I'm sorry, I'll post pictures tomorrow. Too tired tonight.

Suitcase is unpacked. Going to have a bath and hit the sack.

Anyone who knows anything about replacing a stolen Canadian Passport - could you leave a comment (don't even ask, it's a long story, which ends with me using my health care card and a business card and my visa and Kuri to get on the plane in Calgary.)

It's good to be home.

Going Home

I love vacations, but I must confess about this many days in - 5 for those of you who are counting - I find myself longing for home.

I check the weather at home and I think about what it must be like. I pet the Inn Keeper's dog (and every other dog, I must be honest) and I miss my girls. I curl up in bed and imagine the cats on my feet. I buy dog bones and think earnestly of how I miss them. Delta's antics become charming, and I wish Maggie would jump up on me for ear scratches.

I sniff the air, and it smells wonderful, but it is not the air of home. There is salt and brine in the air, and there is not smoke and wet leaves and the nip of frost. The stars are clouded out here, the bright lights of them occluding any - and I think of my back deck and Orion. I wonder what the neighbours are up to, what has been happening at work, and what my mother is doing.

And most of all, I think of my house, of seeing my front door. I think about the dogs meeting me, Mr. Spit* opening the front door and standing on the porch, standing so that I can see him under the porch light. I can hear him calling out "hello darling". I can feel his arms around me - squeezing tightly, I can imagine my head against his chest, and I can smell his cologne and deoderant.

All of a sudden, it does not matter where I am. It does not matter that there has been crab, and beer and yarn stores, coffee in small places and unexpected glimpses of the ocean. It does not matter that are small treasures on every corner, and that I saw the sea lions play. It does not matter.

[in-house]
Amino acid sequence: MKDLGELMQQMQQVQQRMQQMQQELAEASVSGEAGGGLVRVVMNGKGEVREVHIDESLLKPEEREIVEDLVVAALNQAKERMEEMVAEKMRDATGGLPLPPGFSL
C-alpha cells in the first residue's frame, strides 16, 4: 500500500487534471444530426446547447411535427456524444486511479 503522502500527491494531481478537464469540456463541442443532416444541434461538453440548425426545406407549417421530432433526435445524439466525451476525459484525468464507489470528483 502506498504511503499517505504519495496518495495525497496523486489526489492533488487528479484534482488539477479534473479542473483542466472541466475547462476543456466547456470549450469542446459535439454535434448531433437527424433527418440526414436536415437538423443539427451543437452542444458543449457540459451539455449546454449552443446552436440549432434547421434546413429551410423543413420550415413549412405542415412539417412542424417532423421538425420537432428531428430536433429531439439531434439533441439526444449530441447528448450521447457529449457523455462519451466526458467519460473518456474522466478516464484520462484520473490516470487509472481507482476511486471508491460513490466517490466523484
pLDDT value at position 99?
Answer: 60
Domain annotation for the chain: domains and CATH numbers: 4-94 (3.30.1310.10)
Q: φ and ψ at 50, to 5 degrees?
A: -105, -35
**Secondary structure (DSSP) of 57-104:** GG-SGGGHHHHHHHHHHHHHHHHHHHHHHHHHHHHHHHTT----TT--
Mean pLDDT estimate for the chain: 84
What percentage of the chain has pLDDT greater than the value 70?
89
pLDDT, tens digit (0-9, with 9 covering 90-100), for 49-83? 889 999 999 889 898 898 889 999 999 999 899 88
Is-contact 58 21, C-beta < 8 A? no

Home is calling.

(*) Except that there won't actually be a Mr. Spit waiting for me, he's out of town. But still.

This Post is brought to you

By a tired woman, who is filled with crab and shrimp and a mojito, and a brownie sundae with a B-52 coffee.

She is slightly tipsy, and has a badly burned finger, where the screaming hot sparkler on her brownie sundae burnt her hand. It burnt her hand, as she was saying: these things usually get really hot - this one isn't. . . oh yes, it is.

Spent dessert with my hand in my water glass.

The problem with telling you all of this, is that it totally eclipses all of the very wonderful things that happened today, and frankly they are so much more enjoyable and better, so I'm going to think of those things, while I soak my hand in more cold water.

It truly was the most wonderful of days. Everything about it was coloured with magic. I am blessed.

Peas and Carrots and Birthday Cake

Why I'll never forget the first time that I met Mrs. Spit, it was....hm...wait a minute, that's funny...now that I think about it as hard as the remaining four brain cells I currently have knocking around my hollow skull allow, I can't remember the first time that I met Mrs. Spit. Honestly, and not just for the sake of illustrating my crappy memory or my rambling point, I cannot remember it. She's just always been there.

To me, that's how I know that I've found a true friend, not to sound all Lifetime Movie, or Hallmark Card on you, Her Faithful Blog Readers. But that's how I knew that I loved my husband, The Daver. He'd been carefully inserted into memories that he had not been a part of, now seated in the aluminum bleachers beside my parents at my high school graduation, clapping when I walked across the stage, rather than hundreds of miles away, shelving horse food or eating vast quantities of cheese (if you'd seen his recent cholesterol score, this would make FAR more sense to you).

In a more friend-in-the-computer-way, Mrs. Spit is like that, too. Certainly, she wasn't at my high school graduation, not because I can't imagine her in the bleachers with Daver and my parents, but because I'm not nearly tech-savvy enough to have had an email at that time in my life, let alone a blog. I've been blogging for a long time, and she's been my friend a long time, so it's safe for me to assume that she has, in fact, been my friend since we both rode dinosaurs to school, although hers were obviously the more refined and polite Canadian dinosaurs.

The lines have blurred a lot these days between friends who have sunned themselves in each others kitchens like cats and friends who have only met through pixilated screens and words--often pithy if they come from me--in a comment box, and while some might scoff at the notion, it's clear to me that they do not understand. Because to me, The Internet is my friend.

Specifically, Mrs. Spit is my friend.